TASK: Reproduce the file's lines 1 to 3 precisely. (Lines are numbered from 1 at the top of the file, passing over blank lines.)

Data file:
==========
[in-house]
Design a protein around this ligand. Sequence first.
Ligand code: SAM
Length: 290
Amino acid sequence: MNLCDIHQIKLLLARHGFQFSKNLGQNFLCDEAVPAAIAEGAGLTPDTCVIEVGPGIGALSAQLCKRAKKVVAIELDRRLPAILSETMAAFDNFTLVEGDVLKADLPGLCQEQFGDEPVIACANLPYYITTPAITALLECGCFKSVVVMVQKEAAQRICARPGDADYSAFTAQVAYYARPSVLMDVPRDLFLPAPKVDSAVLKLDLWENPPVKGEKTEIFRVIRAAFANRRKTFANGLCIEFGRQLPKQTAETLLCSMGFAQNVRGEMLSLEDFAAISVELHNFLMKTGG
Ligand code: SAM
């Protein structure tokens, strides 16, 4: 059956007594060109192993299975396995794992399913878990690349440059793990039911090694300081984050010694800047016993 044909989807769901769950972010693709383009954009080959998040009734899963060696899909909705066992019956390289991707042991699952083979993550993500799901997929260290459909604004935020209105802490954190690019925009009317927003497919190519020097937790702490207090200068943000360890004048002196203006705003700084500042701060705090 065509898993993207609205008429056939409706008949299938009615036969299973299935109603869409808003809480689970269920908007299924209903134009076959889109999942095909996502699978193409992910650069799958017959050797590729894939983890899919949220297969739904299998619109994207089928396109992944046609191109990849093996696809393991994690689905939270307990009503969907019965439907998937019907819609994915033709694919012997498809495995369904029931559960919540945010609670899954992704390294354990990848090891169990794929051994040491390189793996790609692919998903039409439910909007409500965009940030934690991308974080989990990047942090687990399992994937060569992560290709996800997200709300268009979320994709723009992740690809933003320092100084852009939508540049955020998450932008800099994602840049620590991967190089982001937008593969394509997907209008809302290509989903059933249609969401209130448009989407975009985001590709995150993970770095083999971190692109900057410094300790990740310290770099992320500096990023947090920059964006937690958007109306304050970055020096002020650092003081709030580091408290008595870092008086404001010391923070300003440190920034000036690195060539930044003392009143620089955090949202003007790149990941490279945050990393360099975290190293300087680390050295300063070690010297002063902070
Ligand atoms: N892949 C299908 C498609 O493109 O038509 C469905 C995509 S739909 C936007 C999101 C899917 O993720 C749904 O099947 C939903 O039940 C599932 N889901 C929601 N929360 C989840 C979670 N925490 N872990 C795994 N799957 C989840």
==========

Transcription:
[in-house]
Design a protein around this ligand. Sequence first.
Ligand code: SAM